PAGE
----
A third element is developing and nurturing a strong sense of trust. Some anesthesia groups lack a sense of collaboration and joint problem solving skills. These practices are a loose coalition of providers who operate more in terms of individual needs rather than organizational needs. In such groups trust is often at a premium and concerns that the leadership will not perform in the best interest of the group is common. To cultivate the public trust of its members, and to address problems / challenges that the group faces, an anesthesia practice must promote a cooperative and “greater good” mentality if it hopes to sustain itself. To be sure, some groups have members who revel in working in a fashion that emphasizes the individual rather than the group and the concept of working ”in the best interest of the organization” may be subject to wide interpretation. Unless the practice has the political will and leadership fortitude to address this public trust issue, it will surely flounder when external change challenges the norms and stability of the practice.
Ichak Adizes, an international figure in lifecycle management, tells us:
Leading an organization through lifecycle transitions is not easy, or obvious. The same methods that produce success in one stage can create failure in the next. Fundamental changes in leadership and management are all required, with an approach that delicately balances the amount of control and flexibility needed for each stage. Leaders who fail to understand what is needed (and not needed) can inhibit the development of their companies or plunge them into premature aging3.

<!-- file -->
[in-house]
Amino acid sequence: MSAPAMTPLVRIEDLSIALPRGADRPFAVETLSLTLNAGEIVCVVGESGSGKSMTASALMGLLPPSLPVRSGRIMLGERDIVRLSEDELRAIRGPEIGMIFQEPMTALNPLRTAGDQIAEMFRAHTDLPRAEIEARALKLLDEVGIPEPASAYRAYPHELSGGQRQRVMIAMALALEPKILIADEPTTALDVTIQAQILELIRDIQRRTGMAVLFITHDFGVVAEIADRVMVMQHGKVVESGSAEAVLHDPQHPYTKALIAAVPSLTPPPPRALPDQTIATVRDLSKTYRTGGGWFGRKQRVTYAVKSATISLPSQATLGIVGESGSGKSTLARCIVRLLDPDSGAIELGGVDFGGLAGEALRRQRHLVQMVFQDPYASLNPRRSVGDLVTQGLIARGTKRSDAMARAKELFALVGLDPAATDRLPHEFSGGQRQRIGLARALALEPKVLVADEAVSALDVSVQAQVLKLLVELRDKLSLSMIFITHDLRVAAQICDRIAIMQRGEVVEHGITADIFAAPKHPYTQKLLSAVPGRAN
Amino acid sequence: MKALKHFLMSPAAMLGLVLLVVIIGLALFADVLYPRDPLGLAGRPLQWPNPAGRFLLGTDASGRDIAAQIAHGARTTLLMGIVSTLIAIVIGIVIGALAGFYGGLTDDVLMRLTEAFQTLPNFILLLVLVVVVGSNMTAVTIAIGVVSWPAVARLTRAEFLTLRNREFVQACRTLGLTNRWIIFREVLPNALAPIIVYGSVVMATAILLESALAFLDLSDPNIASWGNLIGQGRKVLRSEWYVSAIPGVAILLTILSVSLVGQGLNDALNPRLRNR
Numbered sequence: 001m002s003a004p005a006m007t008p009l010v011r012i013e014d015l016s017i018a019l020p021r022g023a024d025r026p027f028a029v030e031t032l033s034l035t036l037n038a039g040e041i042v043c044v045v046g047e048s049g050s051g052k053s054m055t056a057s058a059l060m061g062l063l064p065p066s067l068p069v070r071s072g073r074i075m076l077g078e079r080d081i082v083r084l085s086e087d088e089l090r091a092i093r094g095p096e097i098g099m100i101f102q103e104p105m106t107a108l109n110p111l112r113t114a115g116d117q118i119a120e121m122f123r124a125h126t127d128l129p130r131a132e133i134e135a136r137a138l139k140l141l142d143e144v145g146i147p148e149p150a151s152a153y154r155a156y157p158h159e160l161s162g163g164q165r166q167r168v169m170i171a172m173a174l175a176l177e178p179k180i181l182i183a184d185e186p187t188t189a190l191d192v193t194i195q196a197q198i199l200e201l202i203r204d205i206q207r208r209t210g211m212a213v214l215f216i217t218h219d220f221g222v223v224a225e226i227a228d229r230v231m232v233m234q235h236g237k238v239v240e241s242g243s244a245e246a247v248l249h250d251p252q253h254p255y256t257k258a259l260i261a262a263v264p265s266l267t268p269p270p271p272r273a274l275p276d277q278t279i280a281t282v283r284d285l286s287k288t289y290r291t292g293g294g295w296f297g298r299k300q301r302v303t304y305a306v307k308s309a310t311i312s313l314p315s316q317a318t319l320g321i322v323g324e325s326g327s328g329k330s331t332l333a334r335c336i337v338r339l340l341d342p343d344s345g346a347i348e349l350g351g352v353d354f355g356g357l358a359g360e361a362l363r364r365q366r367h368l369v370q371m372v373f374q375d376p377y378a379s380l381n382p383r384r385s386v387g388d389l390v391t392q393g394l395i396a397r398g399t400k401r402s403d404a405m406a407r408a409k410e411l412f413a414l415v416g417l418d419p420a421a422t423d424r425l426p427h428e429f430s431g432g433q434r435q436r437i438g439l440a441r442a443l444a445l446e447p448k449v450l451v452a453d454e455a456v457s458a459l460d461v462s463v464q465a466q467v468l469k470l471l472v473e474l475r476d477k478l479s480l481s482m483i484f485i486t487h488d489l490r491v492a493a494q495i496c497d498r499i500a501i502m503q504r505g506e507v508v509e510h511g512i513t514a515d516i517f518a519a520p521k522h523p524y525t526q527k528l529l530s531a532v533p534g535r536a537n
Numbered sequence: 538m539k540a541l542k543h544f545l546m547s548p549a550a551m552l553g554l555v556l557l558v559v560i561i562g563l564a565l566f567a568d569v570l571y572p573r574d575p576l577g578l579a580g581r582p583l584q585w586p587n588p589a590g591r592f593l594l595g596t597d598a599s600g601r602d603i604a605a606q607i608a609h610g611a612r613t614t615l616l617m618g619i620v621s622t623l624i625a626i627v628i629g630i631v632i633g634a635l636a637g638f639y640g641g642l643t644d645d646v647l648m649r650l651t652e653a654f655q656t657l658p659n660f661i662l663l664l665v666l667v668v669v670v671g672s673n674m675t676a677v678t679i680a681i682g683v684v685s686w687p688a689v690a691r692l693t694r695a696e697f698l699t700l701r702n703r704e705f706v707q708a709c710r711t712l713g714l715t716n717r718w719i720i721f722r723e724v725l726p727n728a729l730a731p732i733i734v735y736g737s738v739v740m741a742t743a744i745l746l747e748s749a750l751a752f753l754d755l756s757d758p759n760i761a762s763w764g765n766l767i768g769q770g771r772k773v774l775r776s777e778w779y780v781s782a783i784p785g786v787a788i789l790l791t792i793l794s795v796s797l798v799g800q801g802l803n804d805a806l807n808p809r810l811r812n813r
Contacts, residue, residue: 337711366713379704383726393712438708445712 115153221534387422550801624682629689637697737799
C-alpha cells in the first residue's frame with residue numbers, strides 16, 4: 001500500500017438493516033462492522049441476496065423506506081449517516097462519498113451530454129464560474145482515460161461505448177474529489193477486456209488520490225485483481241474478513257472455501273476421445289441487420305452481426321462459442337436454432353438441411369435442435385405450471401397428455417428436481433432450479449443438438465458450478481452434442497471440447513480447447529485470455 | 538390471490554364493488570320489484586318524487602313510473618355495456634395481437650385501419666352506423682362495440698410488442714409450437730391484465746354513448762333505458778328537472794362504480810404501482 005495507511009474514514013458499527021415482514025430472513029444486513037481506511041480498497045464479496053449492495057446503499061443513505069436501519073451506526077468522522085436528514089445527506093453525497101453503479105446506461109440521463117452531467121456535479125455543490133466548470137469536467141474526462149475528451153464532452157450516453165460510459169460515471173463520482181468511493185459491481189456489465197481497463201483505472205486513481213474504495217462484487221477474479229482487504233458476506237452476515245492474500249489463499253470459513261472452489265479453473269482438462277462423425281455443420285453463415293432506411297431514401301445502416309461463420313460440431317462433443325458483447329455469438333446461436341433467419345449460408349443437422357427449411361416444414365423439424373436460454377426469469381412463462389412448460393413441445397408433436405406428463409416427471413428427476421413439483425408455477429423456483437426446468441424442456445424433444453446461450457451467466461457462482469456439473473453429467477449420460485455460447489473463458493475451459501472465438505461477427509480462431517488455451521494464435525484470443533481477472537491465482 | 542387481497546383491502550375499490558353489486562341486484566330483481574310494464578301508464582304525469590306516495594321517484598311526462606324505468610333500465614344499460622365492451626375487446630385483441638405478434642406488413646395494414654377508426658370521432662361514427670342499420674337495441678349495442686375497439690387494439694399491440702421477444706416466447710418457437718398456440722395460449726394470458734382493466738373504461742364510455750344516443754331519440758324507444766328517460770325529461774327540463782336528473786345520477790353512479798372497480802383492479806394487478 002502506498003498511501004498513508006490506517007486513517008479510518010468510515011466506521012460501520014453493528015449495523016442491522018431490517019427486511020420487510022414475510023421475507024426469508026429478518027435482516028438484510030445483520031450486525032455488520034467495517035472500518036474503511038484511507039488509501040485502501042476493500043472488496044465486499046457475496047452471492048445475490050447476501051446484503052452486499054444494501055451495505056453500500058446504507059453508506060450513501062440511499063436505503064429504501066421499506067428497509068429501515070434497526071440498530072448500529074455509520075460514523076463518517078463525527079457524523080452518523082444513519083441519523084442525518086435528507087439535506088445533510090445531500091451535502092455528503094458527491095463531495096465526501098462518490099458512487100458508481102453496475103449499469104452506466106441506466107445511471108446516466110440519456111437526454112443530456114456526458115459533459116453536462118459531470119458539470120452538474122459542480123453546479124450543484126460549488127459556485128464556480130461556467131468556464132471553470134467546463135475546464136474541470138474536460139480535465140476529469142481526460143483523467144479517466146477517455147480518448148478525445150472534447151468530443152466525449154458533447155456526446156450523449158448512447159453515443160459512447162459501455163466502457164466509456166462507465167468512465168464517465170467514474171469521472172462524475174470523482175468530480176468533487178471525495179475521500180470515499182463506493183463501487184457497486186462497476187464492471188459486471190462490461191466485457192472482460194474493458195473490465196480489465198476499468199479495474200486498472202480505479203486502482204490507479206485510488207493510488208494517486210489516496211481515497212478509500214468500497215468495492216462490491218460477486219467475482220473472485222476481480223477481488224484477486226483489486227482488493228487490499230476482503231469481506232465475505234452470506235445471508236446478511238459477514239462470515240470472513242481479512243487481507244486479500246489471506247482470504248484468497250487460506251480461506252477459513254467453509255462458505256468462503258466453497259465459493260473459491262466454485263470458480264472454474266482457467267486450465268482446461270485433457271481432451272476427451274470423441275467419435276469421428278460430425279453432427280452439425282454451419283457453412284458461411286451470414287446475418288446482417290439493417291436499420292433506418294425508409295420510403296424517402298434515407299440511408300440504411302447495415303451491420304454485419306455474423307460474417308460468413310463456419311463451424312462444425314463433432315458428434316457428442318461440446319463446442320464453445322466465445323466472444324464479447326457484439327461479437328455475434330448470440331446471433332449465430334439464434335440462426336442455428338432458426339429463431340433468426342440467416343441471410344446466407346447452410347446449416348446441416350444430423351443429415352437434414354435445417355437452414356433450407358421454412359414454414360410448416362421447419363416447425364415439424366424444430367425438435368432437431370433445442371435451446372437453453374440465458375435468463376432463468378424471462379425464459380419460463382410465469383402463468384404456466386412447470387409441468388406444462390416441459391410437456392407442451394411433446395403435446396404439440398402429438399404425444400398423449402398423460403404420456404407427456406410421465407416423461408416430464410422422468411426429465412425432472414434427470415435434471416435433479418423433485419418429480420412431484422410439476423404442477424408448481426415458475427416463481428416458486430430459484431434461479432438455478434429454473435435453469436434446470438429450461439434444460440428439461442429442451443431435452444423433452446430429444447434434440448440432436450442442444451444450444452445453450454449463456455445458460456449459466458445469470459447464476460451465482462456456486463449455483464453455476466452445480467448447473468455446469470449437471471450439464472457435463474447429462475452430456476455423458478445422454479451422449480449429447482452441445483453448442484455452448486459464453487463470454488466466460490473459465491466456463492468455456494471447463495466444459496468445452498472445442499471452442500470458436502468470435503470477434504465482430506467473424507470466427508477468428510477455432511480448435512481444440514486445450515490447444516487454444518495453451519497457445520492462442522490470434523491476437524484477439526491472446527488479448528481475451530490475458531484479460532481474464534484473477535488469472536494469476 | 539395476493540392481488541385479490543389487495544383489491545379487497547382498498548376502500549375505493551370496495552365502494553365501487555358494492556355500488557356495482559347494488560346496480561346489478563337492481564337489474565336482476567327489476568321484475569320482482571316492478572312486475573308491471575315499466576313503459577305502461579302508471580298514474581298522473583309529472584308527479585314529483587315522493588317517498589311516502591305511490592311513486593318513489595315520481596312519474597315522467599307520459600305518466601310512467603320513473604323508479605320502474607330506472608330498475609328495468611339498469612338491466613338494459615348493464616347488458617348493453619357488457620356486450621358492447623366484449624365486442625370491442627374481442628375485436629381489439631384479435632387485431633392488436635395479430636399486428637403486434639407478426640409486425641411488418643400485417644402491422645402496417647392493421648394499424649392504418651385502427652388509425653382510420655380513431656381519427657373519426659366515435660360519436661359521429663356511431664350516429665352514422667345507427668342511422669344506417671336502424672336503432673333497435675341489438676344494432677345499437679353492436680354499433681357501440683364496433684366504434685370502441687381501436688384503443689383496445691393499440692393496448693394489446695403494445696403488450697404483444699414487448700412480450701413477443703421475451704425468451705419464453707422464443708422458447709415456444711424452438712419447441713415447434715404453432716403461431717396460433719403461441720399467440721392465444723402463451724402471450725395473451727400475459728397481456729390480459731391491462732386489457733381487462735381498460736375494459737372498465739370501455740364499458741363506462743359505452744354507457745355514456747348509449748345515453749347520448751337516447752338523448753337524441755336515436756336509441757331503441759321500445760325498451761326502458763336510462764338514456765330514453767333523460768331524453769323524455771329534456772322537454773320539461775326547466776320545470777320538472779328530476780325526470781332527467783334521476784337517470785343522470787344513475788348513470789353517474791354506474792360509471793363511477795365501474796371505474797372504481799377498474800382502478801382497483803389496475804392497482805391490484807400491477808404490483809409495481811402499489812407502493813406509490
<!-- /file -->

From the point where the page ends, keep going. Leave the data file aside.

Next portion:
For anesthesia practices, planning for change and recognizing the need for a flexible governance model means strategic planning and decision making. Planning is not just about growth or revenue streams — it involves those economic considerations, but it also embraces an introspective look at the practice, its hospital, and primary market. It evaluates the organization’s strengths and honestly assesses the flexibility of its leadership structure. The issues facing health care are significant: the renewed debate on national health reform, the recession, the emergence of pay-for-performance, the increased shift of financial responsibility to the patient, staffing issues, higher expectations of service to the hospital, surgeon, and patient are all real factors facing anesthesia practices today. A practice must adjust to a rapidly changing environment by altering its governance structure, ensuring that it is appropriate not only to its environment but to its own developmental needs.